Lost ended on Sunday, as you most likely know since you are reading a pop culture blog. I liked it for the most part, but one of the final shots, below, crystallized one of my major issues with Lost: heteronormativity and the privileging of partnering and monogamy.
In the final shot of the purgatory/sideways universe, characters from throughout the series sit in pews while Christian Shephard walks them into heaven (or whatever, I'm really not sure yet but that's my working assumption for this post).
Lost is a show about love, as was made very clear in this final image. And that love was defined, symbolized, and depicted in a very specific way. Lost's vision of love is from a very straight, very traditional, very Christian point of view. And that's problematic, because just as it is making a grand statement about science and what is important in life, it's framing those choices in a way that pushes marginalized lovers off the edge of its cliff.
Nearly all of the characters are partnered. 90% of them. And all of their partners are of the opposite sex. Kate and Jack, Sawyer and Juliet (side note: YAY), Rose and Bernard, Sun and Jin, Desmond and Penny, Sayid and Shannon (side note: see ya, Nadia!), Hurley and Libby, Charlie and Claire. 100% of all characters who get into Heaven are straight, (or if you're not into the heavenly interpretation, are validated as worthy of "moving on").
(Since we're going into the numbers, let's look at the composition of the characters in that particular scene from a statistical perspective on the axis of race: 75% of these characters are white. I understand that it's a little difficult to judge considering that they could not get many busy actors of color for multiple episodes, but still. )
This image, the concluding image, reflects an ongoing trend of Lost's preference for straight, partnered, monogamous people, and their erasure of non-heterosexual, non-monogamous people.
Let's take a broader view of the overall pattern of the show. In an epic series with a massive and ever-fluctuating cast, there has been a grand total of one character who is not straight: Tom Friendly, a powerful Other.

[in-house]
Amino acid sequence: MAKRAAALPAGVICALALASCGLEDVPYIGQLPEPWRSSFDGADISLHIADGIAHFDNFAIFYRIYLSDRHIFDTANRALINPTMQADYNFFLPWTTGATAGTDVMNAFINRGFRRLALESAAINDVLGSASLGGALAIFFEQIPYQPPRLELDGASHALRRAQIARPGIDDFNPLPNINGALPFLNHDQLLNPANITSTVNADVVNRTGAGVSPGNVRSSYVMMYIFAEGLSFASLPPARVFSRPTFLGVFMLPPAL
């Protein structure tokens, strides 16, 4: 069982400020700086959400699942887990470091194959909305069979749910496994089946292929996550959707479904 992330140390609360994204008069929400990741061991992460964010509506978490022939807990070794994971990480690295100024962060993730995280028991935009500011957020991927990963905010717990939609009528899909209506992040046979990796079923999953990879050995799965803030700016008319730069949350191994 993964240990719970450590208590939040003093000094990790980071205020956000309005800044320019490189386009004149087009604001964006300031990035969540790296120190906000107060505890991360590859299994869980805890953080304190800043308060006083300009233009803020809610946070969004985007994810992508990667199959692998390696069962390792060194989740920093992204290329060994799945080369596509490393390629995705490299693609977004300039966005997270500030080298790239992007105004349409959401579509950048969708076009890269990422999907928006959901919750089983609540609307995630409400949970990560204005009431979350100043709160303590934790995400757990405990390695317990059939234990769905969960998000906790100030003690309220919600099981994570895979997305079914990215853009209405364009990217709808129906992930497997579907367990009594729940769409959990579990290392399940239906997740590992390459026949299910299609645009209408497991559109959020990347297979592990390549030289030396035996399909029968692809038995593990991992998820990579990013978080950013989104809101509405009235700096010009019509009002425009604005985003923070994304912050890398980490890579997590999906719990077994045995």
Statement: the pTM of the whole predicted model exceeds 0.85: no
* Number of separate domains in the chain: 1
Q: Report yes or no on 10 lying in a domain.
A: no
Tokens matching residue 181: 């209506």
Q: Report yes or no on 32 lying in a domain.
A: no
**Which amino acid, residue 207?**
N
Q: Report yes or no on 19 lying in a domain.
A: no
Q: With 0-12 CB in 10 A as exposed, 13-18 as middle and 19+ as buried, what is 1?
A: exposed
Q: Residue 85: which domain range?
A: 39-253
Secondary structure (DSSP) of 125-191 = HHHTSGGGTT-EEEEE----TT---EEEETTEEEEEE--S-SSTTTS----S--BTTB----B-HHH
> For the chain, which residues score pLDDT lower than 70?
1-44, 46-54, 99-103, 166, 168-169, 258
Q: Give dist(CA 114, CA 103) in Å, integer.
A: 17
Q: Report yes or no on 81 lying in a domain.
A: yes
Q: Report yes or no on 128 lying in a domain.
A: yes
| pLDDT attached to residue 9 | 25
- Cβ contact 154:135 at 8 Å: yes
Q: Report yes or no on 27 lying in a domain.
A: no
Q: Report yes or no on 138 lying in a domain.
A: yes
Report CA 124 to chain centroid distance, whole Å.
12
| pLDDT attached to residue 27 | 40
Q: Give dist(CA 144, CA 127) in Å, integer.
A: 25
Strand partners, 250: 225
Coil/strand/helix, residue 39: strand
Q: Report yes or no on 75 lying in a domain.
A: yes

In one scene (screencapped above), in the course of convincing Michael to come back to the Island, they go up to his hotel room. Tom Friendly kisses his lover on the cheek while Michael looks on in disgust, and Tom says that he likes to "indulge" when he gets off the island.
So, to unpack the scene: gay relationships, in this show, happen only occasionally–unlike the committed partnerships of Desmond and Penny, Jin and Sun, Jack and Kate, Sawyer and Juliet, etc., they are implied to be non-essential and frivolous. Furthermore, there is a specific reaction of disgust to this expression. Love between two men is an indulgence on Lost, not the reason you find enlightenment.
There are very few depictions of non-monogamous sexuality on Lost. There's basically just Juliet and Goodwin, the Other psychiatrist's husband, and while their relationship is not exactly negative, it's certainly not a great representation of non-monogamy. There's some casual sex, most of it with Sawyer, and that's necessarily judged, but it's certainly not valued in the way EVERLASTING LOVE is.
That's it for Lost as far as any kind of sexuality that is not heterosexual and monoamorous. Of course, there is not a single trans character of any kind, which is indicative of the show's cissupremacy and not any better than the erasure I discuss in detail here. Partnering is made an expectation of pretty much every character. (On a positive note, this in some ways creates some subversive depictions of love: Locke has a romantic relationship while using a wheelchair [though his partner's not validated by the waiting room], and so does Hurley, a fat disabled man of color.)
But for the most part, the show necessitates a partner for full humanity. It creates, in that last scene, the condition that people must have partners to gain enlightenment and heaven: the more normative their pairing, the more likely they are to gain admission Lost is a show that is very heavily about romance, and love, and that romance and love is almost entirely of the kind that is consistently privileged by the media.
No, other shows are not doing much better, even when they do depict same-sex love. Yes, I've seen every episode and didn't, frankly, expect them to go for some grand statement about different, equally valid kinds of love in the concluding scene that I spend much of this post discussing. It may just be one more item in the humongous list of shows that create a specific and exclusive point of view, but it is a very enthusiastic contribution to that list.
It's not the worst, most heterosexist vision of love out there. But Lost erased non-normative sexuality from its epic narrative, and it's helping to create norms. When a show focuses so heavily on love, its exclusionary vision of the subject deserves critique.